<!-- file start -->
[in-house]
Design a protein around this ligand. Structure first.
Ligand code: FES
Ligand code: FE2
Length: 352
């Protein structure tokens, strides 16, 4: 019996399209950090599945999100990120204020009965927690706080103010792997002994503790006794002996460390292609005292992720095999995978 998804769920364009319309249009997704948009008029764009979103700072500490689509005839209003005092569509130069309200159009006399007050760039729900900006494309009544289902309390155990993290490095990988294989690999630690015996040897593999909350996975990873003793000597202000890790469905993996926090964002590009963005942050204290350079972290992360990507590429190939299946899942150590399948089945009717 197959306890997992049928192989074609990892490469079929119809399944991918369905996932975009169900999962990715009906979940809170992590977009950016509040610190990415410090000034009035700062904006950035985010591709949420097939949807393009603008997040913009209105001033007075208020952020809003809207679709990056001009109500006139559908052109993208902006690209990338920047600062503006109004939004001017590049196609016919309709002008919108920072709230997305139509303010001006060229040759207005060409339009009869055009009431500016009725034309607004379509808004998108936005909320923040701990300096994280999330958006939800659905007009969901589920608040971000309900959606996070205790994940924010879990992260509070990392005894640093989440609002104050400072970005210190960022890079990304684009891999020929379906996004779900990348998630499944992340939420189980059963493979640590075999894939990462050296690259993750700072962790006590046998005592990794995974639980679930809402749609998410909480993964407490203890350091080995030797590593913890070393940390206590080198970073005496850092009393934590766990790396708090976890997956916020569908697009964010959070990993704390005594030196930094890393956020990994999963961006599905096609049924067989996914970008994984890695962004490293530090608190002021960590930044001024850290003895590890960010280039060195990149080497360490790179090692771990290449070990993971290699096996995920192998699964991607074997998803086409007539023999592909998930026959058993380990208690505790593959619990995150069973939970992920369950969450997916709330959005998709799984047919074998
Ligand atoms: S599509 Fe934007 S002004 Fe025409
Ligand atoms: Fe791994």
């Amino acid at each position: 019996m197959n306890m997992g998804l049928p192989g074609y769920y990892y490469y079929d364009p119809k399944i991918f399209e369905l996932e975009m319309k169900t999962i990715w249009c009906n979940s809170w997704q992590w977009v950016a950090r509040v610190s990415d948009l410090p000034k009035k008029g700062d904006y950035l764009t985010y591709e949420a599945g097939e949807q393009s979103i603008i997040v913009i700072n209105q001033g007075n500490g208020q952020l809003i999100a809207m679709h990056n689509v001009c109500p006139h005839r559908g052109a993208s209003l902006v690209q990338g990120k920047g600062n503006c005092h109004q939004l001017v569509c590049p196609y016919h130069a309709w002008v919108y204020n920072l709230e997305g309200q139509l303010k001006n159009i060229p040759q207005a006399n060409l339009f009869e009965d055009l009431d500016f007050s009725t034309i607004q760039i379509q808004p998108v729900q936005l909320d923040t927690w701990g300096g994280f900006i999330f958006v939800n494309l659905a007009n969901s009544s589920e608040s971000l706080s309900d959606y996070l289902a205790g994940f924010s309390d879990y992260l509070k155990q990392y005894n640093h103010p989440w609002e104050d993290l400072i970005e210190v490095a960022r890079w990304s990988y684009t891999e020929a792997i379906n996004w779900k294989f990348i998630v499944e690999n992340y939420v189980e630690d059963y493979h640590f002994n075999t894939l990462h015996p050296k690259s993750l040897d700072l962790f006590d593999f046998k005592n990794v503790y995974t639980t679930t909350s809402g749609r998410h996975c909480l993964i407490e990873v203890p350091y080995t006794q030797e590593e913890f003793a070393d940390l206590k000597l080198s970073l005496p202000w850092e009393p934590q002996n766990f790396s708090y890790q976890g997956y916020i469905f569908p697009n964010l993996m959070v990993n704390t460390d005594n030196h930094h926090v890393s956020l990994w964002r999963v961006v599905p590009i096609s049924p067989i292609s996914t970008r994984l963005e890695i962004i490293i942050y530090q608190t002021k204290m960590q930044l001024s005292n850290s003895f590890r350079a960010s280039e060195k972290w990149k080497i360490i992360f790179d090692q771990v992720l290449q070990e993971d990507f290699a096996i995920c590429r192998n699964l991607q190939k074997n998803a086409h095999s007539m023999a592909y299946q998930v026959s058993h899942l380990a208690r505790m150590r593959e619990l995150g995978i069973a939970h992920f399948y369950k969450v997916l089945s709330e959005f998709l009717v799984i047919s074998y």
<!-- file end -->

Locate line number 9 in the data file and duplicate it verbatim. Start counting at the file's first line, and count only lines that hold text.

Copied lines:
């Amino acid at each position: 019996m197959n306890m997992g998804l049928p192989g074609y769920y990892y490469y079929d364009p119809k399944i991918f399209e369905l996932e975009m319309k169900t999962i990715w249009c009906n979940s809170w997704q992590w977009v950016a950090r509040v610190s990415d948009l410090p000034k009035k008029g700062d904006y950035l764009t985010y591709e949420a599945g097939e949807q393009s979103i603008i997040v913009i700072n209105q001033g007075n500490g208020q952020l809003i999100a809207m679709h990056n689509v001009c109500p006139h005839r559908g052109a993208s209003l902006v690209q990338g990120k920047g600062n503006c005092h109004q939004l001017v569509c590049p196609y016919h130069a309709w002008v919108y204020n920072l709230e997305g309200q139509l303010k001006n159009i060229p040759q207005a006399n060409l339009f009869e009965d055009l009431d500016f007050s009725t034309i607004q760039i379509q808004p998108v729900q936005l909320d923040t927690w701990g300096g994280f900006i999330f958006v939800n494309l659905a007009n969901s009544s589920e608040s971000l706080s309900d959606y996070l289902a205790g994940f924010s309390d879990y992260l509070k155990q990392y005894n640093h103010p989440w609002e104050d993290l400072i970005e210190v490095a960022r890079w990304s990988y684009t891999e020929a792997i379906n996004w779900k294989f990348i998630v499944e690999n992340y939420v189980e630690d059963y493979h640590f002994n075999t894939l990462h015996p050296k690259s993750l040897d700072l962790f006590d593999f046998k005592n990794v503790y995974t639980t679930t909350s809402g749609r998410h996975c909480l993964i407490e990873v203890p350091y080995t006794q030797e590593e913890f003793a070393d940390l206590k000597l080198s970073l005496p202000w850092e009393p934590q002996n766990f790396s708090y890790q976890g997956y916020i469905f569908p697009n964010l993996m959070v990993n704390t460390d005594n030196h930094h926090v890393s956020l990994w964002r999963v961006v599905p590009i096609s049924p067989i292609s996914t970008r994984l963005e890695i962004i490293i942050y530090q608190t002021k204290m960590q930044l001024s005292n850290s003895f590890r350079a960010s280039e060195k972290w990149k080497i360490i992360f790179d090692q771990v992720l290449q070990e993971d990507f290699a096996i995920c590429r192998n699964l991607q190939k074997n998803a086409h095999s007539m023999a592909y299946q998930v026959s058993h899942l380990a208690r505790m150590r593959e619990l995150g995978i069973a939970h992920f399948y369950k969450v997916l089945s709330e959005f998709l009717v799984i047919s074998y």